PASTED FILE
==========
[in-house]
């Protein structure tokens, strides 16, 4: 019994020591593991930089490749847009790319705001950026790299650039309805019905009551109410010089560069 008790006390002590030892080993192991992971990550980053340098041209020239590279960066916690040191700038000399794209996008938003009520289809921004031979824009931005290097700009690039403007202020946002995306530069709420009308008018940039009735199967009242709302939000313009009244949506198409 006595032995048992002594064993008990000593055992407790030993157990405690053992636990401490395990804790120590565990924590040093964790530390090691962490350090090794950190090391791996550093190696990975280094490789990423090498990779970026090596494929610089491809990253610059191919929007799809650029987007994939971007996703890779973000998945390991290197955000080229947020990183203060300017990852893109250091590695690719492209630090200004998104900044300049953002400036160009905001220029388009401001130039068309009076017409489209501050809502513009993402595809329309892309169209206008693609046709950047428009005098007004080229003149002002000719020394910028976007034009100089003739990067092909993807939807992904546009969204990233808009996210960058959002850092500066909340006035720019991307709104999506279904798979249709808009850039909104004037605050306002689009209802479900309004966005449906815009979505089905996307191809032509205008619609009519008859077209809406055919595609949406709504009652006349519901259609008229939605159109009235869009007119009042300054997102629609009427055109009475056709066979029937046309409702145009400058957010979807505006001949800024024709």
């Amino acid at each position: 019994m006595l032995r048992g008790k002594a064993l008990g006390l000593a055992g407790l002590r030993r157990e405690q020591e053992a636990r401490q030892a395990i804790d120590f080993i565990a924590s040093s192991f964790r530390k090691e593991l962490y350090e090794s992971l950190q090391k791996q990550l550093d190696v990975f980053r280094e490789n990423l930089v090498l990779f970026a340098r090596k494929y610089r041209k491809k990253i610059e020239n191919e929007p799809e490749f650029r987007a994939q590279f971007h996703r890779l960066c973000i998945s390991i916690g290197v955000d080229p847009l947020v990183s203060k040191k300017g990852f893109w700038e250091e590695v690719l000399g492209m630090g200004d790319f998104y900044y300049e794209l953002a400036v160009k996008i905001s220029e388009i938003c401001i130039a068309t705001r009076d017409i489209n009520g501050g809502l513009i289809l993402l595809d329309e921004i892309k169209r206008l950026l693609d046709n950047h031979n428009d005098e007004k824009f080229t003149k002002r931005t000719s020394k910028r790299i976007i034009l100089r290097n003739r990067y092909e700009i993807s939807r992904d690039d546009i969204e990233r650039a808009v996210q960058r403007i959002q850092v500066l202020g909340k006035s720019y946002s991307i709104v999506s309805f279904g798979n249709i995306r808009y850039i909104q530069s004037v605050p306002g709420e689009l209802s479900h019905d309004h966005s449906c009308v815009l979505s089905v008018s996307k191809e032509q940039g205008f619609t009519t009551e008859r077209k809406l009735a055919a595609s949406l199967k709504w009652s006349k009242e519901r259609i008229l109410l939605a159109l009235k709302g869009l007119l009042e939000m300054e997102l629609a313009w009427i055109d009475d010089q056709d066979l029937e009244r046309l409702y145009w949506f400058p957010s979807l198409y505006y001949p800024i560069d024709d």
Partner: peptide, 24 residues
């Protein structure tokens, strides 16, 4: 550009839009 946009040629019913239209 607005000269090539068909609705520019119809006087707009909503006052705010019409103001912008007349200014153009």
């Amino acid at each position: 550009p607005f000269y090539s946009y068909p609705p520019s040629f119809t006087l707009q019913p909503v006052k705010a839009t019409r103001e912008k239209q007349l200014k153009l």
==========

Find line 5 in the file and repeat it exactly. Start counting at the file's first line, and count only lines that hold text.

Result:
């Protein structure tokens, strides 16, 4: 550009839009 946009040629019913239209 607005000269090539068909609705520019119809006087707009909503006052705010019409103001912008007349200014153009």